The Pros and Cons of Installing Metal Detectors in Schools

School and university officials must consider both the benefits and the drawbacks of every security investment, like this common entryway solution.

The Pros and Cons of Installing Metal Detectors in Schools

Some argue metal detectors are a strong deterrence while others believe they send the wrong message.

Other Resources

The cost of the initial purchase of a metal detector is only a fraction of the total resources needed to operate it.

If a school has, say, two walkthrough metal detectors side by side at a front entrance, they might need five people to be standing with the equipment. That includes someone in front of the machines telling people what to remove to mitigate false alarms, two bag checkers to search bags and pass them to the other side and then typically someone behind each of the machines with a wand to conduct secondary screening if an alarm goes off when a person walks through the machines.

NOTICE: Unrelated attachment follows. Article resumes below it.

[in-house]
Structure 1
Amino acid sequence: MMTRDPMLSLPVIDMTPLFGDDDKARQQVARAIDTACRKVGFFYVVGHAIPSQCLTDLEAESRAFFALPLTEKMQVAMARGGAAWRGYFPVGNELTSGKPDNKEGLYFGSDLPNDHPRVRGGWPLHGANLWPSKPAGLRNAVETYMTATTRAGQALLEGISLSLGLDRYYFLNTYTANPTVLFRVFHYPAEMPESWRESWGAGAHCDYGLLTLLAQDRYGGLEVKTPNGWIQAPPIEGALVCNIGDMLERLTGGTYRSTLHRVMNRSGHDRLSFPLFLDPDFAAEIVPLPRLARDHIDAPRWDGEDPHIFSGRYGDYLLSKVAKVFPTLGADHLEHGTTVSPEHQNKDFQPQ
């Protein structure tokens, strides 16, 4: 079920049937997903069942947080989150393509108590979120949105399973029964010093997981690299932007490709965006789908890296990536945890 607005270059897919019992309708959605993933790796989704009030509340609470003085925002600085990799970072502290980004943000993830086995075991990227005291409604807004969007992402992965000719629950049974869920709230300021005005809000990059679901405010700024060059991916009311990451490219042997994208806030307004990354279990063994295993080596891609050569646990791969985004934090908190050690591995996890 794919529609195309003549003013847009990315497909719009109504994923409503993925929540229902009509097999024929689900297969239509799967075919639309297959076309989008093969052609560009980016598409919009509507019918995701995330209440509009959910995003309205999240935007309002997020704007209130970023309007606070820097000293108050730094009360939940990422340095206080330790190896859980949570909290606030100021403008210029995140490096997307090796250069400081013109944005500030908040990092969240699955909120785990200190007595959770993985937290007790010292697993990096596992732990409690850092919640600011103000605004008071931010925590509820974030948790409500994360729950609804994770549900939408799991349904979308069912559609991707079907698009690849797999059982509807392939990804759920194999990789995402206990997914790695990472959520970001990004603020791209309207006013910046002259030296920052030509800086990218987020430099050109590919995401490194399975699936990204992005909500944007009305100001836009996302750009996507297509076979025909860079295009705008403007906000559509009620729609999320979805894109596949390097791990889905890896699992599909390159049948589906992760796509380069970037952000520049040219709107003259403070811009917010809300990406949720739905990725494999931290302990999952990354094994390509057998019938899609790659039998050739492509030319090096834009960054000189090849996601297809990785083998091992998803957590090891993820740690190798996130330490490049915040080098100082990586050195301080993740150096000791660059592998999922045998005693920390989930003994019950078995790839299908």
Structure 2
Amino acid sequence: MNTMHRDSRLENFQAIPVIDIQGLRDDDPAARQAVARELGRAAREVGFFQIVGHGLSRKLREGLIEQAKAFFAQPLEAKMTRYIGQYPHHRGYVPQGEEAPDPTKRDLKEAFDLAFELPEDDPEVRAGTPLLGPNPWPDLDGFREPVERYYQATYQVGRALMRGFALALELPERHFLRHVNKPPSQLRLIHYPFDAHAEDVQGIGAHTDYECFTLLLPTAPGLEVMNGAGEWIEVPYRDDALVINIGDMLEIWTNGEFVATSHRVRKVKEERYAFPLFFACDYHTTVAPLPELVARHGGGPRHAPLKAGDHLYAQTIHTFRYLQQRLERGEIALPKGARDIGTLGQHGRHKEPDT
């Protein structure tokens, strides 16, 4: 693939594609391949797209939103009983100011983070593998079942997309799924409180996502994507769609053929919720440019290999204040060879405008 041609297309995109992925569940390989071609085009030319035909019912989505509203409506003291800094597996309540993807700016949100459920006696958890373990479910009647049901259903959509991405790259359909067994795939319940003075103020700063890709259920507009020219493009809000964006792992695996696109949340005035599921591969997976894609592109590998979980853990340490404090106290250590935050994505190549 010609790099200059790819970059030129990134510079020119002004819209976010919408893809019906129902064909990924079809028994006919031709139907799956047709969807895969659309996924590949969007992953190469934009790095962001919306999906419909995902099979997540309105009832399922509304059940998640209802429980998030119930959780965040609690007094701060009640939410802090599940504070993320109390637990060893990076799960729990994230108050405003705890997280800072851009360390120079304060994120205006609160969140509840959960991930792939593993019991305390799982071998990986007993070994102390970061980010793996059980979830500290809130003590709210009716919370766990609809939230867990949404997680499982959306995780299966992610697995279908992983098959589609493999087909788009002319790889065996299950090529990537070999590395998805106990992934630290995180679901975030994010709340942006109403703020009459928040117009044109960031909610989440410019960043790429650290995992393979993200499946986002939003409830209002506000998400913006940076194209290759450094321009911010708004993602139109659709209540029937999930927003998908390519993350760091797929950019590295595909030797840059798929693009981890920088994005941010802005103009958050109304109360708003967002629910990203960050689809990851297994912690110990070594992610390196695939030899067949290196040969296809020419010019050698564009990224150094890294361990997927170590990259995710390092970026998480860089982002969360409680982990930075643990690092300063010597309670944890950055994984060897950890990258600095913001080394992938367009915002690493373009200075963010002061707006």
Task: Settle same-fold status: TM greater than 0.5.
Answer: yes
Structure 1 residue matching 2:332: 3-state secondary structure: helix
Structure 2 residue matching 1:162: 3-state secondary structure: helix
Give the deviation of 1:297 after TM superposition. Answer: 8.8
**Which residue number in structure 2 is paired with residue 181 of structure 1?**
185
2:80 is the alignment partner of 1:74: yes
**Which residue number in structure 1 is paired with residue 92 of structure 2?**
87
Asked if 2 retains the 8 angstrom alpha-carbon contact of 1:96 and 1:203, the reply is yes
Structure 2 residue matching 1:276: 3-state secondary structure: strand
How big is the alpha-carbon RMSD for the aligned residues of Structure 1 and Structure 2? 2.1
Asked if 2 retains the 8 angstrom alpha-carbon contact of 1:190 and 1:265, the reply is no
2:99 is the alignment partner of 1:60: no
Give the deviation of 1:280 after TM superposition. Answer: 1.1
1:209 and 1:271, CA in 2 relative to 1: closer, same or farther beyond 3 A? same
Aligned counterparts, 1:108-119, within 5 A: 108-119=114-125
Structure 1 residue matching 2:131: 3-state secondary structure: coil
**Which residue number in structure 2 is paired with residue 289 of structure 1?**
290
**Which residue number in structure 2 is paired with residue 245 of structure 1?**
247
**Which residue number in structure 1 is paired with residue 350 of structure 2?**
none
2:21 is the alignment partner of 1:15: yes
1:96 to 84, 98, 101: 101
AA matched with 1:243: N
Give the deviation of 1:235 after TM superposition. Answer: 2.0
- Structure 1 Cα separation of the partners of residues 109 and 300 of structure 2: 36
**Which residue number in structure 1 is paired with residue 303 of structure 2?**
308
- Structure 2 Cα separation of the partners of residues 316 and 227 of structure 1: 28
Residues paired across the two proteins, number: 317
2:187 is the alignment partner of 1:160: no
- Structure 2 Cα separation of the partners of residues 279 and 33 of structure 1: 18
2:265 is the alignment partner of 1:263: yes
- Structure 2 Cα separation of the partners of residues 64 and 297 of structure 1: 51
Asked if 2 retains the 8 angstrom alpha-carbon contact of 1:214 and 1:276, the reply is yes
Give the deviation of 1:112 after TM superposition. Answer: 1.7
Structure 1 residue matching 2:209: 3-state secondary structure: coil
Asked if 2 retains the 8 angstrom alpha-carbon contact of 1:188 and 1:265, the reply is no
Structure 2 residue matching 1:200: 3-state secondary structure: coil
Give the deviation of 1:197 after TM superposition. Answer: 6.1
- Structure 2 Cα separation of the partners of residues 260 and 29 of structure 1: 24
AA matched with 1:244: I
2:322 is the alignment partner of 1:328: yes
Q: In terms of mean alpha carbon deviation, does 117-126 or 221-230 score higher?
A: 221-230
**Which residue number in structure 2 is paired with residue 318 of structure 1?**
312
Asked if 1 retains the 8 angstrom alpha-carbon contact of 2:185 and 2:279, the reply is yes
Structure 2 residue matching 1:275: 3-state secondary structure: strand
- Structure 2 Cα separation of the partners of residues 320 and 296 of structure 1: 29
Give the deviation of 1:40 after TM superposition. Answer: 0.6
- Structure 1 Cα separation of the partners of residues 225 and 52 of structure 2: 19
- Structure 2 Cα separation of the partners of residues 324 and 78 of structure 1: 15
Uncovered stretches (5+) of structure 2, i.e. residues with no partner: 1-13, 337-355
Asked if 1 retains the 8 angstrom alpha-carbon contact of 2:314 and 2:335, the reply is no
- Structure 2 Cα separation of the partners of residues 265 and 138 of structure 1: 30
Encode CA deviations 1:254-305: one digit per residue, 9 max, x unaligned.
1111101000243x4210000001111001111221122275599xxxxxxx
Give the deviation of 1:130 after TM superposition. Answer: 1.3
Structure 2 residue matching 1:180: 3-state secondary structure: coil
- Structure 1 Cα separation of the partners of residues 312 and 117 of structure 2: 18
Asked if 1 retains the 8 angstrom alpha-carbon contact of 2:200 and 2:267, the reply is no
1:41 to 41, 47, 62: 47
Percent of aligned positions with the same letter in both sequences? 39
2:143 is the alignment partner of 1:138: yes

An armed security officer should also be at the station.

That’s just one staffing option schools can adopt, and different metal detector providers offer different solutions that change staffing needs. Cacioli says schools may use a variety of methods when operating the machines.

“Current challenges include the lack of consistent or cohesive practices among many school locations and security checkpoints,” Cacioli says. “This includes the lack of industry regulations relating to federal or national standards for education customers.”

Cacioli says school officials must take into account basic considerations during the purchasing process including ease of use, getting vendor references and ensuring the machines meet health and safety regulations with regard to human exposure.